“For years, scholars have used the term ‘prehistory’ to refer to events belonging to the era before recorded history. We should warn however, that the term has fallen into disuse due to its arbitrariness. In every culture, with or without recorded history, humans are the protagonists, the forgers of history. In this sense history evolves to be the social development in time and space.
Similarly, the word ‘culture,’ often used as a synonym for civilization, has been tied wrongfully to scientific and material progress. Culture is what every human group develops when they are provided with a common set of social relations, knowledge, beliefs, artistic ideas and characteristics of their own. As such, there is no such thing as a primitive culture, much less one culture that is superior or inferior to another. Rather, there are degrees in the historical development of culture.
“The history of Antillean cultures can be summarized as follows:
The first Antillean settlers; around 6,000 BC
They came probably from Central America and settled in Cuba and Hispaniola. They were mainly hunters, ettling inland and fabricating objects made of flint of flint stone. [On Saba flint objects were found while digging a cistern in the Level at about 8 feet below ground].
. The fishermen-gatherers: around 4,000 BC
They were natives of South America and became the first humans to populate the Lesser Antilles and Puerto Rico. They made objects using polished stones, and contrary to the previous settlers, exhibited a preference to live on the coasts.
The Agro-Ceramics: from 500 BC to 600 AD.
They were natives of the coast of South America and probably settled in the Antilles in several migration waves. Traditionally, it is believed that they were the first to introduce the manioc and the confection of cassava to the Antilles. [I bought some manioc meal in the Supermarket in Marigot recently and I intend to make my own cassava bread soon]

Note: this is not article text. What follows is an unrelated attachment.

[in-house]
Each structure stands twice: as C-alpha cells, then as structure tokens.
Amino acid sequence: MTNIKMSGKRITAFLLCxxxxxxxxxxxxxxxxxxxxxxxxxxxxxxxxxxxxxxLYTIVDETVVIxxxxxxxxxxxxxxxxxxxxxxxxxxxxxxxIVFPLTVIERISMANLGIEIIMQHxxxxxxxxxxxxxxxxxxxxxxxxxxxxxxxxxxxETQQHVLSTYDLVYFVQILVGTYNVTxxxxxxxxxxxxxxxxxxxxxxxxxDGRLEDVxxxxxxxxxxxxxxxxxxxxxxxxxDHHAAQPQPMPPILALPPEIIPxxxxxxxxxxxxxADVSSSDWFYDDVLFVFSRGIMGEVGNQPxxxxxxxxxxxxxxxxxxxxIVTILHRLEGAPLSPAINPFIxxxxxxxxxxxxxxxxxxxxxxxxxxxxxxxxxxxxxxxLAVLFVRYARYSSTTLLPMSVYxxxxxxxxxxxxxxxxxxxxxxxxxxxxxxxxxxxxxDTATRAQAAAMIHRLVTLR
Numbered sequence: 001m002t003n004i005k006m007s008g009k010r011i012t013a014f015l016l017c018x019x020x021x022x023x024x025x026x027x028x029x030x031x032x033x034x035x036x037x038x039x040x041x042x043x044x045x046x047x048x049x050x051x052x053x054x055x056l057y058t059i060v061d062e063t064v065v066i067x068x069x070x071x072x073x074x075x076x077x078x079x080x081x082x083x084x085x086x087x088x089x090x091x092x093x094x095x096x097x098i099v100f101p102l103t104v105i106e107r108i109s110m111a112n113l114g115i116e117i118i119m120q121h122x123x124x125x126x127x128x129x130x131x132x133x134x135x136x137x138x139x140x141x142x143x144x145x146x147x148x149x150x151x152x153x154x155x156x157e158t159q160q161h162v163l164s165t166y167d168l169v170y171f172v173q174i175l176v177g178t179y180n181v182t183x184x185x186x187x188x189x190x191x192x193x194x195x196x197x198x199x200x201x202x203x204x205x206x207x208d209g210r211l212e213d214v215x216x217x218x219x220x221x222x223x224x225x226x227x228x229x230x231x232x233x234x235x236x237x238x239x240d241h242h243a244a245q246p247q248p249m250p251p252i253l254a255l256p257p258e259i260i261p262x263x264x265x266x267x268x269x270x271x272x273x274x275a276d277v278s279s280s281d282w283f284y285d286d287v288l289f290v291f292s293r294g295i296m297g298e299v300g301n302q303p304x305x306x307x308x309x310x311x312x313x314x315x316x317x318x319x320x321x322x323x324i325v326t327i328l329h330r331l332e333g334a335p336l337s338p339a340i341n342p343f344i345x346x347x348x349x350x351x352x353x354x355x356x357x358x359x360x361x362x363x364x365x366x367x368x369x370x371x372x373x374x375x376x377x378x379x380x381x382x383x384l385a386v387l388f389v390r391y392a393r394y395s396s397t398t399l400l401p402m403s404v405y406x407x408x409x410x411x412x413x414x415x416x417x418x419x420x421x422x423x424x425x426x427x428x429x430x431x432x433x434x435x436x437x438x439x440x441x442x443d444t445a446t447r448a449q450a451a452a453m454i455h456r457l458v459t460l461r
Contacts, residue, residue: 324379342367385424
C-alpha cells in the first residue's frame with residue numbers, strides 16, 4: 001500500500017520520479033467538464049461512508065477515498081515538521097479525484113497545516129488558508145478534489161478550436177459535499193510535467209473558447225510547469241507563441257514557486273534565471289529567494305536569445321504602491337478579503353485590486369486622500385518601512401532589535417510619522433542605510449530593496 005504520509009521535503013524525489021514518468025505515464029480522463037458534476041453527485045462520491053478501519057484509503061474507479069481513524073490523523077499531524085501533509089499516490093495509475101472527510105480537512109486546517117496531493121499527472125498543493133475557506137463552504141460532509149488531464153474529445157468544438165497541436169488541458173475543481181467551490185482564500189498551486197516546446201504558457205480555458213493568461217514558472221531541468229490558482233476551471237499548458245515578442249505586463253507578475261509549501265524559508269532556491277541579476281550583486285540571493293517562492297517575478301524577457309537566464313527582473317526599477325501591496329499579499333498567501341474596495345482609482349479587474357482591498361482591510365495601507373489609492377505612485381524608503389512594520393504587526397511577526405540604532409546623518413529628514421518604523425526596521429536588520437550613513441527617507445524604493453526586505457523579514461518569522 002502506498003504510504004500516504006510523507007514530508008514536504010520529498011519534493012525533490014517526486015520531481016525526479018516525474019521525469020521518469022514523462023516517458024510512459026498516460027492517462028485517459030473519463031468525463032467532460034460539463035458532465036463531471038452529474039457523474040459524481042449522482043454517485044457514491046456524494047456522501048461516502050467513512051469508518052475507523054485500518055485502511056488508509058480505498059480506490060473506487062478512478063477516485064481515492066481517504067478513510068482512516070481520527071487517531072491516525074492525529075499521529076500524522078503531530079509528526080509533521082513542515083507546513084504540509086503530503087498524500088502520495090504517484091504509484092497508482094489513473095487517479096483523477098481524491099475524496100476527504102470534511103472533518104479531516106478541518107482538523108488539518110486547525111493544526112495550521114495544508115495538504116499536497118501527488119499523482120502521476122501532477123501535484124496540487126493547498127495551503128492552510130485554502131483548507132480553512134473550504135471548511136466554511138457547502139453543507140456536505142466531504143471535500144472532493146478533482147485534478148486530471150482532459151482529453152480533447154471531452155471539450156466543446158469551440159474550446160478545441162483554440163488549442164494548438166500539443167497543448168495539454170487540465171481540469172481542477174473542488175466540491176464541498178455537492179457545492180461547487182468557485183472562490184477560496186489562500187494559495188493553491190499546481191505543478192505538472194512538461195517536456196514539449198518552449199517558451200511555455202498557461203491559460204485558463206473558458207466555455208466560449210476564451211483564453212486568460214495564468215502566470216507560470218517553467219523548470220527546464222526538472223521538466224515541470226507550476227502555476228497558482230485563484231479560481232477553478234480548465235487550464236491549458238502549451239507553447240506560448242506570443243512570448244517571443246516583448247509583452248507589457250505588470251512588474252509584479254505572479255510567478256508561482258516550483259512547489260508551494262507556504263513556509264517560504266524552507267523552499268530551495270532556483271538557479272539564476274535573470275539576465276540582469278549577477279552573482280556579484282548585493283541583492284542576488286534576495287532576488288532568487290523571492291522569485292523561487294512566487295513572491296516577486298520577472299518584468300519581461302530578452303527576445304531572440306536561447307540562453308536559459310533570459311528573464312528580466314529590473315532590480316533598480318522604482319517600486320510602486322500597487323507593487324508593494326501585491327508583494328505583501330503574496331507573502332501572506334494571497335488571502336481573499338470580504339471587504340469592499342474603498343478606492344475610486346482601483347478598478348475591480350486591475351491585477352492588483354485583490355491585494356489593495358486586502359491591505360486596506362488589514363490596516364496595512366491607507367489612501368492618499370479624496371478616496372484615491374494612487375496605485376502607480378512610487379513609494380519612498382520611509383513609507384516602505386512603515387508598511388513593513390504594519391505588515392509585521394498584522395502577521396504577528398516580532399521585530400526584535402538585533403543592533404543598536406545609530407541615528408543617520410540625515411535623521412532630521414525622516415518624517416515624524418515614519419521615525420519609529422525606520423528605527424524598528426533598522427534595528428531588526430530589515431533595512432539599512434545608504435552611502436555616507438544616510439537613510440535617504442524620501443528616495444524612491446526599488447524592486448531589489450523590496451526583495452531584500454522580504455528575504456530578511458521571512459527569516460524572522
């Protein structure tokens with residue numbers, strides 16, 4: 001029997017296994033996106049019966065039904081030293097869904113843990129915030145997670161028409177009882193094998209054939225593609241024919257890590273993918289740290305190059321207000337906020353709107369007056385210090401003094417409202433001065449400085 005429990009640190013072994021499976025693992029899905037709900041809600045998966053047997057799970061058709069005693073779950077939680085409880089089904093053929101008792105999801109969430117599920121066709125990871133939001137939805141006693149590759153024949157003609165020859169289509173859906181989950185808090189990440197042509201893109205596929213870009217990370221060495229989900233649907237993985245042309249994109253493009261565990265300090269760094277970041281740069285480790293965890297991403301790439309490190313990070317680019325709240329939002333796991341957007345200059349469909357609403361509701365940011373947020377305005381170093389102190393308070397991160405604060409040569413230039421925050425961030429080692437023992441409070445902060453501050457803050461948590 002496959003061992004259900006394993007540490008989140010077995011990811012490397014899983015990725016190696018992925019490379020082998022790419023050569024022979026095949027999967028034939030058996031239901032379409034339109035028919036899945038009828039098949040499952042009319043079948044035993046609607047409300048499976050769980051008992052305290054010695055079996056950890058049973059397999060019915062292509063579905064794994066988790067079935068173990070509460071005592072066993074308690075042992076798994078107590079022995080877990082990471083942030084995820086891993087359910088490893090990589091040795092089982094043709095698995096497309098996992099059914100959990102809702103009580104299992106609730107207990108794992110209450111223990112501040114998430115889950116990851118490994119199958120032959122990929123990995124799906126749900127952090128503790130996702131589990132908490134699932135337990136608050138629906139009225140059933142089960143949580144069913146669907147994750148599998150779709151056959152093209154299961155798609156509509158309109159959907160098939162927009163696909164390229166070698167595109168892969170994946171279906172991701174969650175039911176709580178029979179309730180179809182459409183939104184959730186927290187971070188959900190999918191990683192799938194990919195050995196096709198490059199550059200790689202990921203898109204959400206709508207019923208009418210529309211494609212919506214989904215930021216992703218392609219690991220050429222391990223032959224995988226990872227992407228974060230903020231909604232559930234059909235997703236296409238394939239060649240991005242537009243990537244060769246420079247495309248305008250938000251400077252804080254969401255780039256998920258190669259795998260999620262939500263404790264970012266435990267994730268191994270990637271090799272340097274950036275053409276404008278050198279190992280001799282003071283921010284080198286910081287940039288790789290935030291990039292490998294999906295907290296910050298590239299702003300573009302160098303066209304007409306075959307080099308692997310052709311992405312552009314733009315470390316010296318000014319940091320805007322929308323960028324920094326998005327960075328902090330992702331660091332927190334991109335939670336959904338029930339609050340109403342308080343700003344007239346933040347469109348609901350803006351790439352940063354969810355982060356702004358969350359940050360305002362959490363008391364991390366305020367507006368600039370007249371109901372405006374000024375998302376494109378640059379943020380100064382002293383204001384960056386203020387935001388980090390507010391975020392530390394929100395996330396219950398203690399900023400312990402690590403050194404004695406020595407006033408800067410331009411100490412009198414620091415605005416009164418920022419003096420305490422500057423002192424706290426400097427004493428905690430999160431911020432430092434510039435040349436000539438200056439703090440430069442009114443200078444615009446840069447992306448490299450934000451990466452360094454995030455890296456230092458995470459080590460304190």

The precursors of the Tainos from 600 to 1,200 AD
“This group is the result of either the Agro-Ceramics adapting to the island ecosystem, or of new migrations from South America, or of the Archaic adopting the techniques of the Arawak,
The pinnacle of the Taino: from 1200 to 1500 AS.
The pinnacle of the historic process is reached before the arrival of the Europeans in the Antilles and is characterized by the formation of a more complex society.
Carib emigrants: from 1000 to 1500 AD.
This phase is best described by the invasion or migration by the Kalinago (the continental Caribs) to parts of the Lesser Antilles from the coats of South America. This group took possession of the Arawak women and adopted mainly their language and other cultural traits, constituting the Island-Carib culture, or simply Carib culture.”
On Saba in the nineteen seventies several Carib descended people from Dominica and St. Vincent came here to work. I was very liberal in granting them permission to settle here against the objections of one of the Administrators. I told him these people were here long before us. Who are we to deny them entry into the island?
Mr. Evition Heyliger’s mother was from St. Vincent and descended from the few Caribs left on that island. He has served two terms on the Island council of Saba and is now starting his third term.
My cousin Travis Johnson’s wife Lianna is a full-blown Carib from Dominica and they have two sons. And there are others who can claim descent from the original settlers of these islands. In this sense ‘I born here’ is not enough when you know history.
The newly translated book by Sebastian Robiou Lamarche, PH.D. [ ISBN 97817967 41.322] is a worthwhile read to those interested in the history of these islands before the Europeans came here. Not judging but it was a fatal day for those people who lived here at the time.